The column run by Jojo Robles titled “The death of labor” in The Manila Times (Lowdown, 5/2/18) caught my attention and probably others with interest. Catchy, relevant, timely, and worth reading over a cup of coffee, his column was written the following day after the “Labor Day” observance last May 1.
As rejoinder I was inspired to write my column title in an interrogative mode in the manner Kit Tatad does once in a while in his “First Things First” column. A Metro Manila-based Gigmotonian, Kit is one of my “lodis”, you know.
The reason is pure and simple. Death by any definition in all times and climes is negative, bad if not worse situation.
Says Robles with clarity and conviction: “The sad truth is that traditional organized organized labor movements such as they are today, have long ago alienated their constituencies and, by doing so, have greatly reduced their own influence and relevance. And there seems little that they can do anymore to win back the trust of the workers for whom they are supposed to exist.”
Waxing historically nostalgic, Robles added: “There was a time, not so long ago, when labor unions and their federations were forces to reckon with in Philippine society. That was when Labor Day rallies were the workers’ equivalent of high religious holidays, opportunities to show how their workplace muscle had been easily and seamlessly transformed into political strength.
“Big investors feared them, bending over backwards to make concessions to unions and the umbrella groups that multiplied their power. Politicians courted labor groups like they were influential sectarian sectarian organizations, which in a sense they were, because they regularly delivered the vote,”he said.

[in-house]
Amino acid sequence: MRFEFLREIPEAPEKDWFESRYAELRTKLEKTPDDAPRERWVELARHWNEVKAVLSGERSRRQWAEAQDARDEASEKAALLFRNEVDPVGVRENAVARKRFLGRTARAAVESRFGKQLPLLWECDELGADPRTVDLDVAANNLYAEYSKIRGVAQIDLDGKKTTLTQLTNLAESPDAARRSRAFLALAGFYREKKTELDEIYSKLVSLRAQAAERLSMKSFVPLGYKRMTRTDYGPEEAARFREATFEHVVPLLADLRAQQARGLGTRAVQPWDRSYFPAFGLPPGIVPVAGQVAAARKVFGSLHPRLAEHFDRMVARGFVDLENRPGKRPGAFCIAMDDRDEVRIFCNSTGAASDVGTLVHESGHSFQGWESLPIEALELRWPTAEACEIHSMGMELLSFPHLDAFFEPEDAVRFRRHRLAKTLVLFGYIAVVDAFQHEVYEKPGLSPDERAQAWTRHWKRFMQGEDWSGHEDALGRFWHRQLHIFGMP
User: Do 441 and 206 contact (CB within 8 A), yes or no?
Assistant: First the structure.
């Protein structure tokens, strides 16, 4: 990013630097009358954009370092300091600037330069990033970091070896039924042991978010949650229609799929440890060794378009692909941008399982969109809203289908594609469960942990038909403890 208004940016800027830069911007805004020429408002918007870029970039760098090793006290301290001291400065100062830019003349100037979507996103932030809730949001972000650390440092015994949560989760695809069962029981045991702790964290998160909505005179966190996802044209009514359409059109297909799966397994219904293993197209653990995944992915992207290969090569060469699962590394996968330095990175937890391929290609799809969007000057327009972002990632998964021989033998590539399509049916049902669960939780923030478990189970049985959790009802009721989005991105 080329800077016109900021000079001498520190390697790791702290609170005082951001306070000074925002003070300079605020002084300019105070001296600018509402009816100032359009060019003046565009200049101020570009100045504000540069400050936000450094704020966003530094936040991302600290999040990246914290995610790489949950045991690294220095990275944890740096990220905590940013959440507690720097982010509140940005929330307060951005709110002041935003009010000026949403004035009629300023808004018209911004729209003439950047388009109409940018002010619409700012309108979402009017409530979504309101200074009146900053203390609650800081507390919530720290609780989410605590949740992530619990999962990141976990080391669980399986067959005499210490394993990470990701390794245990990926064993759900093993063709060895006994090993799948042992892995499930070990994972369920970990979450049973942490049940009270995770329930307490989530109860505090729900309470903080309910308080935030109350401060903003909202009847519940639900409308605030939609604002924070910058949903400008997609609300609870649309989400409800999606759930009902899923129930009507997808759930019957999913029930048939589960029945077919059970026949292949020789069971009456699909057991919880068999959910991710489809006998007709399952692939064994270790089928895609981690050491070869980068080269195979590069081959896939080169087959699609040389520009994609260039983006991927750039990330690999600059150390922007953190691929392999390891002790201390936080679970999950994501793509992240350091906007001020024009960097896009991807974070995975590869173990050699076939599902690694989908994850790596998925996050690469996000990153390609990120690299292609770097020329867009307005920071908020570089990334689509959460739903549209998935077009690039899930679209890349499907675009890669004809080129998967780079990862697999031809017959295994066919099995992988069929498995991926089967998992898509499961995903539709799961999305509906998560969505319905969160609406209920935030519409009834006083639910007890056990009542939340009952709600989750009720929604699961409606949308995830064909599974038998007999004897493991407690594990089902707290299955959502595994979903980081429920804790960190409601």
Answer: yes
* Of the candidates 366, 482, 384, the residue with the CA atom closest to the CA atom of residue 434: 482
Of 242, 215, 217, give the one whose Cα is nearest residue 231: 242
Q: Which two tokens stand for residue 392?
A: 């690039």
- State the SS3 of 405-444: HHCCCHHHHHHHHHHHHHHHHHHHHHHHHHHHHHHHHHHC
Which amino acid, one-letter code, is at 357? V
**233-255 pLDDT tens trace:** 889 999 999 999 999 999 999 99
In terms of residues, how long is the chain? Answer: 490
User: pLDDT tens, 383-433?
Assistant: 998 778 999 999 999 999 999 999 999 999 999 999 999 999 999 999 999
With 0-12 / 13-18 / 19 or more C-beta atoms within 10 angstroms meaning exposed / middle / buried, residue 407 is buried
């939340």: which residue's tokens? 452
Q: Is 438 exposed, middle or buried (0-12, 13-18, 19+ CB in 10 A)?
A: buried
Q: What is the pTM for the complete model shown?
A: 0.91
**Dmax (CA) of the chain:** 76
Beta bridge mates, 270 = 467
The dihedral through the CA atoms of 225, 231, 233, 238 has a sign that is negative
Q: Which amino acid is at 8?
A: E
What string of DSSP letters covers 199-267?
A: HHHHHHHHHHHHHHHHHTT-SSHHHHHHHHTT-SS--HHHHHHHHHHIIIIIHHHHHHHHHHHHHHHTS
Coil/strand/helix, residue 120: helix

“Administrations had to come up with annual May Day gifts to appease labor groups. The underground Left co-opted the more radical of the unions, converting them into fertile grounds for rebel recruitment and using them to spread its extremist ideology,” he added.
But then, here comes the rub: “Then organized labor lost its way. It stopped representing the workers and their interests. Labor leaders began to take their power too seriously, including the power to shut down business through strikes and other such disruptive actions. Others of a more radical bent went directly from labor to politics, especially the extreme leftist kind that started to conflate government policy with the interest of the workers, no matter how tenuous the connection,” he said. (To be continued).